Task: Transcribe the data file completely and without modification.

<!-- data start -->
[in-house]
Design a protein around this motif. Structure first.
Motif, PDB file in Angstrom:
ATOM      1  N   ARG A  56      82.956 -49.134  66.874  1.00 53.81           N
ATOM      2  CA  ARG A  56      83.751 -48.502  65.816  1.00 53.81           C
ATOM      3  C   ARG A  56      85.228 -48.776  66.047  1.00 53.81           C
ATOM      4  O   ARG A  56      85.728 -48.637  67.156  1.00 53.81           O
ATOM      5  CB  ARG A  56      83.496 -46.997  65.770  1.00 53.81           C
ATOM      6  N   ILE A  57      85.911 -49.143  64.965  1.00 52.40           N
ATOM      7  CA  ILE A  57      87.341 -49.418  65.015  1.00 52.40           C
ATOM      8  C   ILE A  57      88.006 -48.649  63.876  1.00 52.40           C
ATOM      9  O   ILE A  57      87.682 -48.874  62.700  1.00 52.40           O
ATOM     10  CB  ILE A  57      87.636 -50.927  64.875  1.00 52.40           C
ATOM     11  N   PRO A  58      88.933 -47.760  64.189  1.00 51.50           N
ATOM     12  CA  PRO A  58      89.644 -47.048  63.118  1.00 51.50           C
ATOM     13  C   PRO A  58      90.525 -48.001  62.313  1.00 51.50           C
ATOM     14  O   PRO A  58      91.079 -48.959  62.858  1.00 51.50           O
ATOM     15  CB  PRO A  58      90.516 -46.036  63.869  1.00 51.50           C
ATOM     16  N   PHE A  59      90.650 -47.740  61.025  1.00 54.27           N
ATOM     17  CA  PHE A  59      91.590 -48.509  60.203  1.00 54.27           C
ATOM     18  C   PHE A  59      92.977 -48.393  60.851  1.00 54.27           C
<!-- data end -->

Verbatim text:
[in-house]
Design a protein around this motif. Structure first.
Motif, PDB file in Angstrom:
ATOM      1  N   ARG A  56      82.956 -49.134  66.874  1.00 53.81           N
ATOM      2  CA  ARG A  56      83.751 -48.502  65.816  1.00 53.81           C
ATOM      3  C   ARG A  56      85.228 -48.776  66.047  1.00 53.81           C
ATOM      4  O   ARG A  56      85.728 -48.637  67.156  1.00 53.81           O
ATOM      5  CB  ARG A  56      83.496 -46.997  65.770  1.00 53.81           C
ATOM      6  N   ILE A  57      85.911 -49.143  64.965  1.00 52.40           N
ATOM      7  CA  ILE A  57      87.341 -49.418  65.015  1.00 52.40           C
ATOM      8  C   ILE A  57      88.006 -48.649  63.876  1.00 52.40           C
ATOM      9  O   ILE A  57      87.682 -48.874  62.700  1.00 52.40           O
ATOM     10  CB  ILE A  57      87.636 -50.927  64.875  1.00 52.40           C
ATOM     11  N   PRO A  58      88.933 -47.760  64.189  1.00 51.50           N
ATOM     12  CA  PRO A  58      89.644 -47.048  63.118  1.00 51.50           C
ATOM     13  C   PRO A  58      90.525 -48.001  62.313  1.00 51.50           C
ATOM     14  O   PRO A  58      91.079 -48.959  62.858  1.00 51.50           O
ATOM     15  CB  PRO A  58      90.516 -46.036  63.869  1.00 51.50           C
ATOM     16  N   PHE A  59      90.650 -47.740  61.025  1.00 54.27           N
ATOM     17  CA  PHE A  59      91.590 -48.509  60.203  1.00 54.27           C
ATOM     18  C   PHE A  59      92.977 -48.393  60.851  1.00 54.27           C